The big advantage of an organised Samui tour is that it’s . . . organised. No need to think. You’ll be picked up, taken around with a truckload of others and make new friends. You’ll all get fed, carted about to somewhere new, then taken back and dropped off where you started. But why not hire a jeep and do it yourself – it’s cheaper and way more fun!
I’ve put together my own tour of the island. No activities. No trekking or safaris, no racing cars or off-road rides or any kinds of golf, massage spas or resorts. And the only restaurants on the route will be the ones that take your fancy when you feel like stopping for a break – I’ll get no commission for taking you there!
You’re not going to need much gasoline; a full tank will take you completely around Samui about six times over. I’m going to start off in Chaweng as all roads lead to Rome and, anyway, you can pick up the trail anywhere along my route. If you look at the layout of Chaweng, you’ll see that the island’s ring-road bypasses it completely. Look again and note the three side-roads leading off the ring-road, in and out of Chaweng.
Find the side-road that heads almost directly towards Tesco-Lotus. It runs along the edge of Chaweng Lake, thus is known as ‘The Lake Road’. Look for Q Bar: it’s up the hill on the other side of the lake. Follow that road upwards. And stop outside the temple at the top. This is Wat Khao Chedi. It’s the highest point overlooking Chaweng. And not only is it an oasis of tranquillity, but you can now actually see just how close the airport really is!
Do a U-turn back the way you came into Chaweng and turn left, heading north. Cruise towards the neighbouring bay of Choeng Mon. There’s not a lot to see here, so follow the road along the coast towards Big Buddha. But don’t bother with that – it’s now sadly commercialised – compare it to the temple you’ve just seen with the chedi.Want to see Samui off the tourist trail? Get to grips with our alternative tour of the island! Instead, look out for the blindingly white multi-armed Buddha almost next door at Wat Plai Laem. Then move on.
You’ll pass through the area known as Bangrak. This is how much of Samui used to be at one time, Chaweng included: a ribbon of beach road lined with buildings. Continue on and you’ll be at the entrance to Fisherman’s Village. Take note of it, go past to the traffic lights and turn right. You’re now on the ring-road at Bophut, heading towards Maenam. This is an interesting little place with a lively Walking Street every Thursday. But you’re bypassing it. Look out for an auto shop on the right; Dan Auto. Then take the next left alongside Family Mart, up into Soi 1 and the signposted ‘shortcut to Lamai’.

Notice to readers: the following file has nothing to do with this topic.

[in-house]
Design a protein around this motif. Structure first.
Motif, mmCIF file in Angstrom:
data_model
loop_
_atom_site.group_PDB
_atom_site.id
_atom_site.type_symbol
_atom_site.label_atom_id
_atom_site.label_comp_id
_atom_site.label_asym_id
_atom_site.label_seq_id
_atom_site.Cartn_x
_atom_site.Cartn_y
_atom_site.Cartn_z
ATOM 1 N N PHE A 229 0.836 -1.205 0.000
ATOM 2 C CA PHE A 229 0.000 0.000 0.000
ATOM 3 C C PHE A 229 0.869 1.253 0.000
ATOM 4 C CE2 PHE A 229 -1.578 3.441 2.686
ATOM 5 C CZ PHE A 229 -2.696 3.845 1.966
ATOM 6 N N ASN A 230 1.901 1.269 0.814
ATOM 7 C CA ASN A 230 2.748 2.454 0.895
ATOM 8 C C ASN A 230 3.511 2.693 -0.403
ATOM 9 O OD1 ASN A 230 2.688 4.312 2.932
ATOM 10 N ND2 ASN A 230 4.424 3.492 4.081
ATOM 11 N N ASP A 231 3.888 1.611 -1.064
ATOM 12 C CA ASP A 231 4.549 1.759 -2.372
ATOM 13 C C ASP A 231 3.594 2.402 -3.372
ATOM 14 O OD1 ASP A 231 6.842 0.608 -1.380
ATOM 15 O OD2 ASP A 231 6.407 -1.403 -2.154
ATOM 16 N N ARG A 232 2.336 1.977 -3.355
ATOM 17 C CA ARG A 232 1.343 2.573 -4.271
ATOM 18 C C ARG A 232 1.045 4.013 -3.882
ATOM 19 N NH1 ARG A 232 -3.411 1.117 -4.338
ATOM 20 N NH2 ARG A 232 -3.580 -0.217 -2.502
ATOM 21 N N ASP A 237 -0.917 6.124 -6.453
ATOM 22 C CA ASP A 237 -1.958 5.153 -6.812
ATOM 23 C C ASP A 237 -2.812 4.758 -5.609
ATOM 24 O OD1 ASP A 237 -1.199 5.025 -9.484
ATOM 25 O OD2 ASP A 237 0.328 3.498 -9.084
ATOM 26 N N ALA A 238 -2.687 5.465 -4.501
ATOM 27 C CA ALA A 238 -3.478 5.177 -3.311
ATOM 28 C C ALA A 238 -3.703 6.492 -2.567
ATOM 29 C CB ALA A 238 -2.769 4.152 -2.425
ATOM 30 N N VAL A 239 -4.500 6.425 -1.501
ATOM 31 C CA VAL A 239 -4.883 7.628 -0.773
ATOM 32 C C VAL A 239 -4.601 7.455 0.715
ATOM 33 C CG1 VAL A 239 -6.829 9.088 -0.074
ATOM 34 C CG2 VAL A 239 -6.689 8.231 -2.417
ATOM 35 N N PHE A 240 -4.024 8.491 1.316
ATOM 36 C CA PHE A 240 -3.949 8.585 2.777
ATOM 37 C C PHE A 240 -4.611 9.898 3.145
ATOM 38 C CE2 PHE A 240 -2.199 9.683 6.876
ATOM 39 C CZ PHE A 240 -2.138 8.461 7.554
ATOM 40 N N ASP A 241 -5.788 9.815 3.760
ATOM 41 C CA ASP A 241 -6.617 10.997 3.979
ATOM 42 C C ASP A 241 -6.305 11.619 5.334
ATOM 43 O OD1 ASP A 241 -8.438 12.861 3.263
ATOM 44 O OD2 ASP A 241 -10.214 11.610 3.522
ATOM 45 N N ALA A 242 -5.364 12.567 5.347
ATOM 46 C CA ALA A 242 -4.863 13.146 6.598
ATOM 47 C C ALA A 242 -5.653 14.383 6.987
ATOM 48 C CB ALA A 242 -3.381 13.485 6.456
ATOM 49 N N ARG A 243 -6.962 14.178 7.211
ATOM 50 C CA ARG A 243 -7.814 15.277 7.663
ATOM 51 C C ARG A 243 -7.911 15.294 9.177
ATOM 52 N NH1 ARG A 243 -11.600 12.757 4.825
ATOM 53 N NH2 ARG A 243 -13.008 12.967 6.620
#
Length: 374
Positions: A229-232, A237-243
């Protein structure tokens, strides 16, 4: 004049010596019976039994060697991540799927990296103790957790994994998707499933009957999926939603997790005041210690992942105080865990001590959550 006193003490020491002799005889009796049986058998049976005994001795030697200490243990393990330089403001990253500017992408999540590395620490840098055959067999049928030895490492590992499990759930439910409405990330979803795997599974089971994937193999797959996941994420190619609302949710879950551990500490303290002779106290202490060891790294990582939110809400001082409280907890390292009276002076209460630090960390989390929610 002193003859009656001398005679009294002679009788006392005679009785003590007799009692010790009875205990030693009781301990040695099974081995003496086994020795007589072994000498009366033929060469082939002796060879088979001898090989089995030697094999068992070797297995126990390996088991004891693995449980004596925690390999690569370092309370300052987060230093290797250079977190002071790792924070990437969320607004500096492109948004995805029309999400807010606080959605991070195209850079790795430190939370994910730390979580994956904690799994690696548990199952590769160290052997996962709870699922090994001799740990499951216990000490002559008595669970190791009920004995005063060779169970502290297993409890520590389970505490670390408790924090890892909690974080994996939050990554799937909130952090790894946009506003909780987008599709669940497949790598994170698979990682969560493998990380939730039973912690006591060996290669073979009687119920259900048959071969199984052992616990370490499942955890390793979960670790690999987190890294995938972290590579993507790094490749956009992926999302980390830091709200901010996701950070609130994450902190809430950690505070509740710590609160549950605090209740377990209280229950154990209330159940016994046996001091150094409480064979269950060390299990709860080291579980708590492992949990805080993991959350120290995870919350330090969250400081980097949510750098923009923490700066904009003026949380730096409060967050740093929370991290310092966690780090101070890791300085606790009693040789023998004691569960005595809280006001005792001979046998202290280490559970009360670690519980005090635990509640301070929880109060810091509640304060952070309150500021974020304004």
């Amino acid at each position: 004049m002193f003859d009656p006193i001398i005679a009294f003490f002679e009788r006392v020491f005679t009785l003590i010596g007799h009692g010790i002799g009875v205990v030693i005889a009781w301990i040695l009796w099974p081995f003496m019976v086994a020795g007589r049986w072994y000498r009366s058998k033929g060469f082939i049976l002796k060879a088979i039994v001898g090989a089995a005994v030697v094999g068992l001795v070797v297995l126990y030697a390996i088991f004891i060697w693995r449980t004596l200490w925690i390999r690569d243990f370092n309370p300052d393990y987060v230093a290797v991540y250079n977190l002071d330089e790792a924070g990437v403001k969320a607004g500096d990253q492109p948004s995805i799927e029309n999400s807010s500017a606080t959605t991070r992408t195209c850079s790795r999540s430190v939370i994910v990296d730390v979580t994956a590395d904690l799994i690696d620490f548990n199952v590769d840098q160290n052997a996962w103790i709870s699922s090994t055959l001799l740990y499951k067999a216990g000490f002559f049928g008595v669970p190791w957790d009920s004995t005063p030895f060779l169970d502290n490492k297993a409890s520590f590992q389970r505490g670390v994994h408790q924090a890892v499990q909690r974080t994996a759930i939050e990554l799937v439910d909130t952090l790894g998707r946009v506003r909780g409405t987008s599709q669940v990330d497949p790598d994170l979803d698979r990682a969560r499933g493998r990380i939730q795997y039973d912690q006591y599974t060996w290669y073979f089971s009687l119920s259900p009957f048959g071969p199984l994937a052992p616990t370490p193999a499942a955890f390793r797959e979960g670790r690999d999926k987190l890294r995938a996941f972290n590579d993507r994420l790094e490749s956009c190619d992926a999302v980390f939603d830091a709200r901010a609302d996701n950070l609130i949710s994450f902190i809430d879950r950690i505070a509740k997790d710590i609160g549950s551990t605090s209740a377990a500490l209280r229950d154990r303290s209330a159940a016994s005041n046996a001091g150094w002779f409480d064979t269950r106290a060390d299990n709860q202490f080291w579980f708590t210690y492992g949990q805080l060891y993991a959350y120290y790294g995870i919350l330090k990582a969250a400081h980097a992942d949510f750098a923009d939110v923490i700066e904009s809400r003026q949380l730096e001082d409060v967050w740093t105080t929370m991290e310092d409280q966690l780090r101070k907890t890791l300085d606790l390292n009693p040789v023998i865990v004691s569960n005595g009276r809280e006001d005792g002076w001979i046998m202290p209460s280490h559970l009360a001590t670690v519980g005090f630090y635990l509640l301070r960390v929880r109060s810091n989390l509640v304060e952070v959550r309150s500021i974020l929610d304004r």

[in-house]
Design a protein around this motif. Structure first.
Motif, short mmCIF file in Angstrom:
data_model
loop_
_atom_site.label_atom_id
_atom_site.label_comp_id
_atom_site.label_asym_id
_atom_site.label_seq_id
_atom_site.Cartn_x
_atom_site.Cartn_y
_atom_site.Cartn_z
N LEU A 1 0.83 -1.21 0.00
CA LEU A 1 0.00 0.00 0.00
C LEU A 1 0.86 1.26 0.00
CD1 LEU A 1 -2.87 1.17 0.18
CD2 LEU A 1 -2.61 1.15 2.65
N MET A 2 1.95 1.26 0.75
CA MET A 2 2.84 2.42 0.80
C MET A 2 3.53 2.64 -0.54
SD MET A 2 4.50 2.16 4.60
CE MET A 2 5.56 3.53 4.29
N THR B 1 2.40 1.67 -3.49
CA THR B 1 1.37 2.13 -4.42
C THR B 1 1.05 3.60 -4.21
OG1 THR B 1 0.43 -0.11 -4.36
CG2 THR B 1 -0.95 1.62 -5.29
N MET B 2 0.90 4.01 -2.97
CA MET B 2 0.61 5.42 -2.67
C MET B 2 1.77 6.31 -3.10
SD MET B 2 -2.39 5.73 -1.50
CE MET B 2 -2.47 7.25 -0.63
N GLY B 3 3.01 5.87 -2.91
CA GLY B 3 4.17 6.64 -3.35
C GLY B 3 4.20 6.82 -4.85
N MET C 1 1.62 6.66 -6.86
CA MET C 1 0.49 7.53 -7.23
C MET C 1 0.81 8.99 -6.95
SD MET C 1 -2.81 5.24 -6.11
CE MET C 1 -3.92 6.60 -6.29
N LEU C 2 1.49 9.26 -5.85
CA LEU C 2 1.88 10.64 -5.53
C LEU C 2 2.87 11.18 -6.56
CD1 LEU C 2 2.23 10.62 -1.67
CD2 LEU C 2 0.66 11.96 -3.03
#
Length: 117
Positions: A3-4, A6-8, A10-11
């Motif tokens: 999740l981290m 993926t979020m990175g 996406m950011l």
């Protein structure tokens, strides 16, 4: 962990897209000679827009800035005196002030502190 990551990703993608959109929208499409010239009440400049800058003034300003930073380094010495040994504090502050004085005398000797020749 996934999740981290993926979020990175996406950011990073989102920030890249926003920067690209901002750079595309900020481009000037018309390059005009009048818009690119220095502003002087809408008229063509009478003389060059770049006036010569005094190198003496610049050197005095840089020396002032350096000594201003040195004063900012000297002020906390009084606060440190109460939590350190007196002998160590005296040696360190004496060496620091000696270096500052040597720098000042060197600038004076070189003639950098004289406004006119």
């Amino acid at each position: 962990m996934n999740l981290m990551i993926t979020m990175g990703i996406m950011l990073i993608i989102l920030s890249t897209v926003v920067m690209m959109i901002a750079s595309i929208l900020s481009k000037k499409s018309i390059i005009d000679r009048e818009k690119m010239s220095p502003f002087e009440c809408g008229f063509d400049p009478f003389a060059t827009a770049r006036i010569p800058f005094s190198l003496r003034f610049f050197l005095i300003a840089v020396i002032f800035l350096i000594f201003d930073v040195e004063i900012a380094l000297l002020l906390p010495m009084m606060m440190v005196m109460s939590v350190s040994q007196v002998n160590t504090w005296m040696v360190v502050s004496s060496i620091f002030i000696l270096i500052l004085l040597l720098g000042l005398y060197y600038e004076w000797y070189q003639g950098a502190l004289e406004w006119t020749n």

I’m taking you up and over to Lamai. Because this route is one of the few ways you’ll get to see just how wild and undeveloped most of Samui really is. It’s twisty and majestic and your ears will pop as you rise. Be prepared to slip into first gear for a while; one of the uphill bits is steep. As you drop down again all the junctions are signposted except for one. It’s a T-junction, and I guess they didn’t bother here – either way gets you into Lamai. You’ll be back on the ring-road again, so head right. And I’ll leave the next part up to you.
There are two things to look out for here, both of them worth a stop for refreshment and photos. The first thing is the new Chinese temple. You won’t miss it, believe me! The other thing around here is the Muslim village and their amazing fishing boats: wait until the road narrows and makes an abrupt right-angle turn, but don’t turn, go straight into the little narrow alley ahead.Want to see Samui off the tourist trail? Get to grips with our alternative tour of the island!
After this point you’ve got a choice of sorts. I want to take you back uphill/ inland again, but taking in some interesting stuff, too. Keep following the ring-road – labelled 4169 – out of Lamai. There’s a stretch here of several kilometres where you can smile at the Ray Ban-wearing ‘Mummified Monk’ (Wat Khunaram), cool off at the Namuang Waterfall, chug up to one of the super rustic viewpoint restaurants and – the best part – spend time at The Secret Buddha Garden. And this last one is worth half a day all on its own.
You’re mostly done. Except to take the only long road on Samui that’s so isolated that there’s nothing to look at; just a million trees, the occasional little wooden shack and a new house or two. I find this quite humbling after areas like Lamai and Chaweng, even a bit scary. So find the nearby 4171 road and follow it towards the coast in a huge sweep until it meets the junction of the ring-road again, and head left towards Nathon.
Twenty years ago there was only one 7-11 on all of Samui, and it was in Nathon. Plus the only international ATM on the island. And the only bakery, too. They’re all still there today. Cruise in and park-up on the seafront road near the obvious Night Food Market (which is already open by 3:30 pm). But head back and walk slowly along the middle road which runs parallel to the beach. Here you’ll see images of the old Samui from 70 or 80 years ago: strange and crooked little wooden buildings squashed between newer ones. Then wander back to the food market, have a break and a snack. And then make your way back to your resort, heading towards Maenam again, past some of the best seafood restaurants on the island before the big hill, and after it. But don’t tell anyone about this Samui tour – it’s a secret!
Rob De Wet